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Commun Biol. 2019 Mar 25;2:114. doi: 10.1038/s42003-019-0354-1. eCollection 2019.

Tasselseed5 overexpresses a wound-inducible enzyme, ZmCYP94B1, that affects jasmonate catabolism, sex determination, and plant architecture in maize.

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1University of California, Berkeley, CA 94720 USA.
2Plant Gene Expression Center, U.S. Department of Agriculture-Agricultural Research Service, 800 Buchanan Street, Albany, CA 94710 USA.
3Department of Biochemistry, University of Missouri, Columbia, MO 65211 USA.
4Interdisciplinary Plant Group, University of Missouri, Columbia, MO 65211 USA.


Maize is monecious, with separate male and female inflorescences. Maize flowers are initially bisexual but achieve separate sexual identities through organ arrest. Loss-of-function mutants in the jasmonic acid (JA) pathway have only female flowers due to failure to abort silks in the tassel. Tasselseed5 (Ts5) shares this phenotype but is dominant. Positional cloning and transcriptomics of tassels identified an ectopically expressed gene in the CYP94B subfamily, Ts5 (ZmCYP94B1). CYP94B enzymes are wound inducible and inactivate bioactive jasmonoyl-L-isoleucine (JA-Ile). Consistent with this result, tassels and wounded leaves of Ts5 mutants displayed lower JA and JA-lle precursors and higher 12OH-JA-lle product than the wild type. Furthermore, many wounding and jasmonate pathway genes were differentially expressed in Ts5 tassels. We propose that the Ts5 phenotype results from the interruption of JA signaling during sexual differentiation via the upregulation of ZmCYP94B1 and that its proper expression maintains maize monoecy.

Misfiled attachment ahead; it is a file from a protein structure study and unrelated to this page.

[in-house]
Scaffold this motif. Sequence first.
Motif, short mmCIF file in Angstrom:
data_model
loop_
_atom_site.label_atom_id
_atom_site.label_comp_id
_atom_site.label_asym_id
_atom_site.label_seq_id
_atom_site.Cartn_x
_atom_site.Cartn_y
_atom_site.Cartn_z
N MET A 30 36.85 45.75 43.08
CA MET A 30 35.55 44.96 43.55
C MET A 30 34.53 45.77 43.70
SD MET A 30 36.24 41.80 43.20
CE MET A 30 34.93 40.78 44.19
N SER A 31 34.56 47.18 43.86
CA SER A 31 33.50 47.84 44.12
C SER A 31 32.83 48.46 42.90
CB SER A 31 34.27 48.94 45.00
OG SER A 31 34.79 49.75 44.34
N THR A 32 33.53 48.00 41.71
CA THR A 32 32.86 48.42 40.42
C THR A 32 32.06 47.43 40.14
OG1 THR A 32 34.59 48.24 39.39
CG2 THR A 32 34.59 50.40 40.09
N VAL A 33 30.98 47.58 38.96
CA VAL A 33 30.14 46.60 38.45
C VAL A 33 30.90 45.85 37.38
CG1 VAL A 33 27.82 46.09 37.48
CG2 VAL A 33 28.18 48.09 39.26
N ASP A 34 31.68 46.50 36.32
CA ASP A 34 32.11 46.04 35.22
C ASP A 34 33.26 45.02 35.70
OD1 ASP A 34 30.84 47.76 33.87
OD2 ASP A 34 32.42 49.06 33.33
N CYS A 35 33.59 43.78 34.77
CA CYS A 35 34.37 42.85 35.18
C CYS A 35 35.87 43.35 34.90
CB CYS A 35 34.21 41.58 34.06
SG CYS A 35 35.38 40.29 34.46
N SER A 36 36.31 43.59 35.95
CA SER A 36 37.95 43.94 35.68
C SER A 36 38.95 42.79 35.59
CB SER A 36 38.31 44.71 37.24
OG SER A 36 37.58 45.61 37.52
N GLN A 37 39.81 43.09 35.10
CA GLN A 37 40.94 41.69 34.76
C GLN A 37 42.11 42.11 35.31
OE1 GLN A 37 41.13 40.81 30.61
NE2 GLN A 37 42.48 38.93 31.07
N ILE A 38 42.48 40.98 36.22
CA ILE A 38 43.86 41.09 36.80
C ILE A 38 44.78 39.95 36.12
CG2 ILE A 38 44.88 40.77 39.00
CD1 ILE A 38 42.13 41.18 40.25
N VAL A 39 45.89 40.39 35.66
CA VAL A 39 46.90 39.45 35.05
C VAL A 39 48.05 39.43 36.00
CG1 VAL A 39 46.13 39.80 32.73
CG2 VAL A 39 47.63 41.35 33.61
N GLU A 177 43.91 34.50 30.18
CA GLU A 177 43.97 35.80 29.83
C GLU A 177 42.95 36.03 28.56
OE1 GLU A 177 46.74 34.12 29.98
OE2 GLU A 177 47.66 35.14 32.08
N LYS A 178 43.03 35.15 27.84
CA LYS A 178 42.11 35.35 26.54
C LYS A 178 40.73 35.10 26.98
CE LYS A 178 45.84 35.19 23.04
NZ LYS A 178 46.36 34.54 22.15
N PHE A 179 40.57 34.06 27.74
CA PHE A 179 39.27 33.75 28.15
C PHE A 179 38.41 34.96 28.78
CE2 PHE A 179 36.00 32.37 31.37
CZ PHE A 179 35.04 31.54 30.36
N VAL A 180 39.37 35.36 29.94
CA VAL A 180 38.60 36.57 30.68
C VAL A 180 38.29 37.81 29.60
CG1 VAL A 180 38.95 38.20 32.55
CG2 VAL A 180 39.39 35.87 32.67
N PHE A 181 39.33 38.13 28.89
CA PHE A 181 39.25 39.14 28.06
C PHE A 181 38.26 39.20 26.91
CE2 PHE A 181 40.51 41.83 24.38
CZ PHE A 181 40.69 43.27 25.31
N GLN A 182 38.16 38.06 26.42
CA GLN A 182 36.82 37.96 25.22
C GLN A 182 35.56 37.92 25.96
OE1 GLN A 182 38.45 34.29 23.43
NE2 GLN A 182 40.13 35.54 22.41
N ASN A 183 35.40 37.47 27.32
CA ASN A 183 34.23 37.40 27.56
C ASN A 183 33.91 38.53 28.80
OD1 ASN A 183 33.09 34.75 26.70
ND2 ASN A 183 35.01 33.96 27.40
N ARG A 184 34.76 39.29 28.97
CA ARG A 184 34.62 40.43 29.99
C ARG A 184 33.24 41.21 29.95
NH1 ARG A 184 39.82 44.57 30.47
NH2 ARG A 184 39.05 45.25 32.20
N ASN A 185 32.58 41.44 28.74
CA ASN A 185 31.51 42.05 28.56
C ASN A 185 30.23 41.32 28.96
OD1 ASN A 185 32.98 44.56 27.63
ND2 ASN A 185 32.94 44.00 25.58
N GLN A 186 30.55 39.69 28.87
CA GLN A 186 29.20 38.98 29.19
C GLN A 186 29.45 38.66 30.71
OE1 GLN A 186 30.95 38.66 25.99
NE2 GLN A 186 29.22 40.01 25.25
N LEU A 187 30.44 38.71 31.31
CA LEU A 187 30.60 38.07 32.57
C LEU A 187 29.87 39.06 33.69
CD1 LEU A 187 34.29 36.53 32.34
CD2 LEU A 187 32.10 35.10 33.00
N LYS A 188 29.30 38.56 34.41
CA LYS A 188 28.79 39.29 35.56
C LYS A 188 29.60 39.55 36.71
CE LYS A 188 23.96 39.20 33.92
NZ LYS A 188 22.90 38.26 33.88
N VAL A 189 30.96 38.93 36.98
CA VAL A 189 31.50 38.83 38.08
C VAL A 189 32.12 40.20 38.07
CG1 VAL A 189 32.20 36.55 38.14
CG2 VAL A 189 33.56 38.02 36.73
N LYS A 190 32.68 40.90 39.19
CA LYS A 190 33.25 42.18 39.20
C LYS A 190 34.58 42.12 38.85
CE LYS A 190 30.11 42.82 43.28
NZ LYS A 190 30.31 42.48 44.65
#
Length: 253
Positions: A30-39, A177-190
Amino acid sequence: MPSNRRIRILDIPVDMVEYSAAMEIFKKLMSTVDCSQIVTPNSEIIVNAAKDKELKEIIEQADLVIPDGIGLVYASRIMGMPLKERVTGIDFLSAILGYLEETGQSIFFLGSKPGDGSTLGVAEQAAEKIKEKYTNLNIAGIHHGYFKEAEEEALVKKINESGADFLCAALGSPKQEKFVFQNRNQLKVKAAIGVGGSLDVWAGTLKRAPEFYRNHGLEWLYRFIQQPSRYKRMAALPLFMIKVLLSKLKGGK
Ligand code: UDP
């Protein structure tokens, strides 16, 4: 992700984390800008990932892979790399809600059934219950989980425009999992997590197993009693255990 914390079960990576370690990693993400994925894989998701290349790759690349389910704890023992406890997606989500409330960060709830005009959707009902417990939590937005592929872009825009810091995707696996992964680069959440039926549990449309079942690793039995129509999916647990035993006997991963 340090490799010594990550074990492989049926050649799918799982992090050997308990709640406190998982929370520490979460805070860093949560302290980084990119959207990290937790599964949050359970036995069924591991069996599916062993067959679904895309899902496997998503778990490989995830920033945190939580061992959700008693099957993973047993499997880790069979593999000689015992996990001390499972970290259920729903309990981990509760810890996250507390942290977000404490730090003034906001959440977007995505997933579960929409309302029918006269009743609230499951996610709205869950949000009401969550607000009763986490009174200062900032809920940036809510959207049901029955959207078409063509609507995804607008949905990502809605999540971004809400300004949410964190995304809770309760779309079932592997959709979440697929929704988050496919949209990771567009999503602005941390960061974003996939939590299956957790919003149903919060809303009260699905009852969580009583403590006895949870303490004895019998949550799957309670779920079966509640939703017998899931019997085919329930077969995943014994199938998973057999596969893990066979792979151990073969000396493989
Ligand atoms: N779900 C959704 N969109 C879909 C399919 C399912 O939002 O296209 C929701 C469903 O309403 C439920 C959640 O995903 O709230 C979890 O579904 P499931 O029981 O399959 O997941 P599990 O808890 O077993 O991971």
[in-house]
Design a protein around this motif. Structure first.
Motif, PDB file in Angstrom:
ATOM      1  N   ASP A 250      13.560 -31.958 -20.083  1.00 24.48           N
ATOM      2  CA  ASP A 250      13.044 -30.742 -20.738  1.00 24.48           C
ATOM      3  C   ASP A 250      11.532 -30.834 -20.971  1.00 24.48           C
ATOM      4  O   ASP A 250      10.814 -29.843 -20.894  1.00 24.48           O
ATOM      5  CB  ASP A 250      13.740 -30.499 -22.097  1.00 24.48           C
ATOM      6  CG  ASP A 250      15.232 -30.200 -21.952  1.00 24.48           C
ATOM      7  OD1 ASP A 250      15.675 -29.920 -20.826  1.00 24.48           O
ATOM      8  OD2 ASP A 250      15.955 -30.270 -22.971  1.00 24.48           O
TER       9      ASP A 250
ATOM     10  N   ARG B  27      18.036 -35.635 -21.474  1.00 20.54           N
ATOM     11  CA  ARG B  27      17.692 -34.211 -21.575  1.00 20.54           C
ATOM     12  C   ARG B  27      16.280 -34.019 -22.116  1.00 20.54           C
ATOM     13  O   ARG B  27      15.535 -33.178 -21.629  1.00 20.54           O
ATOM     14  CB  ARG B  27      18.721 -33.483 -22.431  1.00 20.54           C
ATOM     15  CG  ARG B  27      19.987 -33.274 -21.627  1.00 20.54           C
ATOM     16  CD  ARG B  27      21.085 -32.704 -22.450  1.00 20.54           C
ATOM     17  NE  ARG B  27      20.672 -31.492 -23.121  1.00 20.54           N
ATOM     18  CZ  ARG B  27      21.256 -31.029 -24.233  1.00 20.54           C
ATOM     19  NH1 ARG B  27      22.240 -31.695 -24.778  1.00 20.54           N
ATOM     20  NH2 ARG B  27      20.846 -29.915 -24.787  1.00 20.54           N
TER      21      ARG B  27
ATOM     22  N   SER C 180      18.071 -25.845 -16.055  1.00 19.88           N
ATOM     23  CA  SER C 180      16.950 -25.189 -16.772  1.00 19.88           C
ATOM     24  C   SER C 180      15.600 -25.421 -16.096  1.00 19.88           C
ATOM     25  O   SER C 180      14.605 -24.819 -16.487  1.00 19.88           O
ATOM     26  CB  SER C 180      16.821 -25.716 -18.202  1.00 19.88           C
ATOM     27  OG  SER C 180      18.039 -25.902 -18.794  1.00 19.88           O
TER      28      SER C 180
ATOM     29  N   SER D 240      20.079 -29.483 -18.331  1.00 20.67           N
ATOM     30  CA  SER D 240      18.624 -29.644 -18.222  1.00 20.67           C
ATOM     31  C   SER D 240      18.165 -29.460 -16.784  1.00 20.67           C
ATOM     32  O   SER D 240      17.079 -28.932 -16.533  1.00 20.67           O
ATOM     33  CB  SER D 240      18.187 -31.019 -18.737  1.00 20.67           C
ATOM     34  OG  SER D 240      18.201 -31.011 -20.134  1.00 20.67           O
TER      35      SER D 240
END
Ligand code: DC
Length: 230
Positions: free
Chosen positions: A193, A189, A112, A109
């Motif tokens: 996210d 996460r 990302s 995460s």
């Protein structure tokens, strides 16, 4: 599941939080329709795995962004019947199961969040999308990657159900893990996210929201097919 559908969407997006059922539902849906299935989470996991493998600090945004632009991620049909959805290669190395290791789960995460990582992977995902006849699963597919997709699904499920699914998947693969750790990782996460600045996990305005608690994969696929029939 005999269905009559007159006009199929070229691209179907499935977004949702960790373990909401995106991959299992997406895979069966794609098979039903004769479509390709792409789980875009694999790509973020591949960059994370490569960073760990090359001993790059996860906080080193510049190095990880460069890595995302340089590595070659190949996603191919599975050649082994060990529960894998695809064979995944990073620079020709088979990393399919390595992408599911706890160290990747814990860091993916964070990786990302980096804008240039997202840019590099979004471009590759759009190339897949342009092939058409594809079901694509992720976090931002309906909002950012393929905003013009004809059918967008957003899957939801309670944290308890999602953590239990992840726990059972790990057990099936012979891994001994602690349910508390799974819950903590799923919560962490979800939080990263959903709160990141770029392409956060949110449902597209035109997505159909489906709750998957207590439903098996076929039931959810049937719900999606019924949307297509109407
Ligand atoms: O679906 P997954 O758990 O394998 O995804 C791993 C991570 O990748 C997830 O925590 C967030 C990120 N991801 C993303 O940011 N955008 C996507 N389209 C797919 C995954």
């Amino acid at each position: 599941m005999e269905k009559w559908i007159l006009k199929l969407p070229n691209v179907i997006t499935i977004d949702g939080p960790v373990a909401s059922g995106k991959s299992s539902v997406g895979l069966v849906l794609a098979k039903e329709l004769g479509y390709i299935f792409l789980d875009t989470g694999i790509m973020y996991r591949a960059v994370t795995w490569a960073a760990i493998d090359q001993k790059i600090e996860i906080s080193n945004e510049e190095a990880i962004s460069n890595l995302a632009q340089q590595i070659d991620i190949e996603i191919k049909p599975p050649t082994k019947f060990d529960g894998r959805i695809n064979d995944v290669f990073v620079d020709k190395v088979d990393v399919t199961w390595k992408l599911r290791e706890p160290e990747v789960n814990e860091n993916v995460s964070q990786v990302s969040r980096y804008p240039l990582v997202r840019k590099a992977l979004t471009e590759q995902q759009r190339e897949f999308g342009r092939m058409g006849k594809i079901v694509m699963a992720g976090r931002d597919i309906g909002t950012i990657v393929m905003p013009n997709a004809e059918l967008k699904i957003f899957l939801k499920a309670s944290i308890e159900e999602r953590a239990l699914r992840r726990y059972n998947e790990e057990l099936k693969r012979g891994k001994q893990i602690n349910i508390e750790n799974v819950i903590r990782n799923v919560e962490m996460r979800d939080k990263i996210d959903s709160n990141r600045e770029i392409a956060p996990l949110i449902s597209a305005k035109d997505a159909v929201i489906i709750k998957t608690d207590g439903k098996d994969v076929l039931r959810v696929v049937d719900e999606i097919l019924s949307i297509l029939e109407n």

Conflict of interest statement

The authors declare no competing interests.

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